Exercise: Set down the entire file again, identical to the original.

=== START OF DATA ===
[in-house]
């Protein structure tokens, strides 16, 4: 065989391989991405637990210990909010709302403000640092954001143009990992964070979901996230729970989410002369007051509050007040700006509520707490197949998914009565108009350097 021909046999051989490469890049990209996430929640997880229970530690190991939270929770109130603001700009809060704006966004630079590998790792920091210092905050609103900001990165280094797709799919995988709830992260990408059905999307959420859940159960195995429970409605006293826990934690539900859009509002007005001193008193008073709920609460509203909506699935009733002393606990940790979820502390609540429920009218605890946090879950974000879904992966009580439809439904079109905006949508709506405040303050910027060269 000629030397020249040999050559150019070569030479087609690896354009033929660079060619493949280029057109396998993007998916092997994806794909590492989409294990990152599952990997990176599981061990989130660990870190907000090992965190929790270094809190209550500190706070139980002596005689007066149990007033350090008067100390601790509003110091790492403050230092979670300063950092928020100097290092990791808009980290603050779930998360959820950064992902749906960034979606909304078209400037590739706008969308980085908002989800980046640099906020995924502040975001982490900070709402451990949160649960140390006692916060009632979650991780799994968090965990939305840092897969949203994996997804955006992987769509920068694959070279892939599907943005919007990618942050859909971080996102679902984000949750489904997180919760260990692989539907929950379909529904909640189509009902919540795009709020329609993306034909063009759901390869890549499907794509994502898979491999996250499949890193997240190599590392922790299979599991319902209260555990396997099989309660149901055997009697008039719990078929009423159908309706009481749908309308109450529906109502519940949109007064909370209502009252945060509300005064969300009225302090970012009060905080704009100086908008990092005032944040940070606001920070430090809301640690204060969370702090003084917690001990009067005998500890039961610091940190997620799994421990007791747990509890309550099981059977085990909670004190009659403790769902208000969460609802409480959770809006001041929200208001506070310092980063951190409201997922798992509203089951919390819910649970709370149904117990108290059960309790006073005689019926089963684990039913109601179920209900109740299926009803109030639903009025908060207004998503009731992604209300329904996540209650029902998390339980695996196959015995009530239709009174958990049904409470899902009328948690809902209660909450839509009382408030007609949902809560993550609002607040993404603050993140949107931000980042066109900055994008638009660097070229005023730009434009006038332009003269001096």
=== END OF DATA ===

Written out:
[in-house]
């Protein structure tokens, strides 16, 4: 065989391989991405637990210990909010709302403000640092954001143009990992964070979901996230729970989410002369007051509050007040700006509520707490197949998914009565108009350097 021909046999051989490469890049990209996430929640997880229970530690190991939270929770109130603001700009809060704006966004630079590998790792920091210092905050609103900001990165280094797709799919995988709830992260990408059905999307959420859940159960195995429970409605006293826990934690539900859009509002007005001193008193008073709920609460509203909506699935009733002393606990940790979820502390609540429920009218605890946090879950974000879904992966009580439809439904079109905006949508709506405040303050910027060269 000629030397020249040999050559150019070569030479087609690896354009033929660079060619493949280029057109396998993007998916092997994806794909590492989409294990990152599952990997990176599981061990989130660990870190907000090992965190929790270094809190209550500190706070139980002596005689007066149990007033350090008067100390601790509003110091790492403050230092979670300063950092928020100097290092990791808009980290603050779930998360959820950064992902749906960034979606909304078209400037590739706008969308980085908002989800980046640099906020995924502040975001982490900070709402451990949160649960140390006692916060009632979650991780799994968090965990939305840092897969949203994996997804955006992987769509920068694959070279892939599907943005919007990618942050859909971080996102679902984000949750489904997180919760260990692989539907929950379909529904909640189509009902919540795009709020329609993306034909063009759901390869890549499907794509994502898979491999996250499949890193997240190599590392922790299979599991319902209260555990396997099989309660149901055997009697008039719990078929009423159908309706009481749908309308109450529906109502519940949109007064909370209502009252945060509300005064969300009225302090970012009060905080704009100086908008990092005032944040940070606001920070430090809301640690204060969370702090003084917690001990009067005998500890039961610091940190997620799994421990007791747990509890309550099981059977085990909670004190009659403790769902208000969460609802409480959770809006001041929200208001506070310092980063951190409201997922798992509203089951919390819910649970709370149904117990108290059960309790006073005689019926089963684990039913109601179920209900109740299926009803109030639903009025908060207004998503009731992604209300329904996540209650029902998390339980695996196959015995009530239709009174958990049904409470899902009328948690809902209660909450839509009382408030007609949902809560993550609002607040993404603050993140949107931000980042066109900055994008638009660097070229005023730009434009006038332009003269001096």